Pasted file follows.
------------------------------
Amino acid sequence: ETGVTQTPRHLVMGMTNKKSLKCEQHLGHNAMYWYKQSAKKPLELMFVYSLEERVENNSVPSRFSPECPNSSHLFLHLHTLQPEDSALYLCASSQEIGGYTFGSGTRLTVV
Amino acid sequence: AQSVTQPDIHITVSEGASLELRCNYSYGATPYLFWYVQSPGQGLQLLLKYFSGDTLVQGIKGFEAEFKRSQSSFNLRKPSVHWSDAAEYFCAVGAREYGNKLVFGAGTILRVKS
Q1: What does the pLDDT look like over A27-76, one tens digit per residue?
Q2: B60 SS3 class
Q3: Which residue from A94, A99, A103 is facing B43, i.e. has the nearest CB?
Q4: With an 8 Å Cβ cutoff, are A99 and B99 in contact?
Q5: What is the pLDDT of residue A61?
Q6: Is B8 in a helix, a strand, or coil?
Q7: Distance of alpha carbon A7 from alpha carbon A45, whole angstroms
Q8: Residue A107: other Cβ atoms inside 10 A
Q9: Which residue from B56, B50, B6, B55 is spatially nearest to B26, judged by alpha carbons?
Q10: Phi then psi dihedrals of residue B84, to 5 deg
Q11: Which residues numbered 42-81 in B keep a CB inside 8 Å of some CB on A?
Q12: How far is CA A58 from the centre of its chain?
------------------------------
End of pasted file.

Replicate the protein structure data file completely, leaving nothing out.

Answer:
Amino acid sequence: ETGVTQTPRHLVMGMTNKKSLKCEQHLGHNAMYWYKQSAKKPLELMFVYSLEERVENNSVPSRFSPECPNSSHLFLHLHTLQPEDSALYLCASSQEIGGYTFGSGTRLTVV
Amino acid sequence: AQSVTQPDIHITVSEGASLELRCNYSYGATPYLFWYVQSPGQGLQLLLKYFSGDTLVQGIKGFEAEFKRSQSSFNLRKPSVHWSDAAEYFCAVGAREYGNKLVFGAGTILRVKS
Q1: What does the pLDDT look like over A27-76, one tens digit per residue?
Q2: B60 SS3 class
Q3: Which residue from A94, A99, A103 is facing B43, i.e. has the nearest CB?
Q4: With an 8 Å Cβ cutoff, are A99 and B99 in contact?
Q5: What is the pLDDT of residue A61?
Q6: Is B8 in a helix, a strand, or coil?
Q7: Distance of alpha carbon A7 from alpha carbon A45, whole angstroms
Q8: Residue A107: other Cβ atoms inside 10 A
Q9: Which residue from B56, B50, B6, B55 is spatially nearest to B26, judged by alpha carbons?
Q10: Phi then psi dihedrals of residue B84, to 5 deg
Q11: Which residues numbered 42-81 in B keep a CB inside 8 Å of some CB on A?
Q12: How far is CA A58 from the centre of its chain?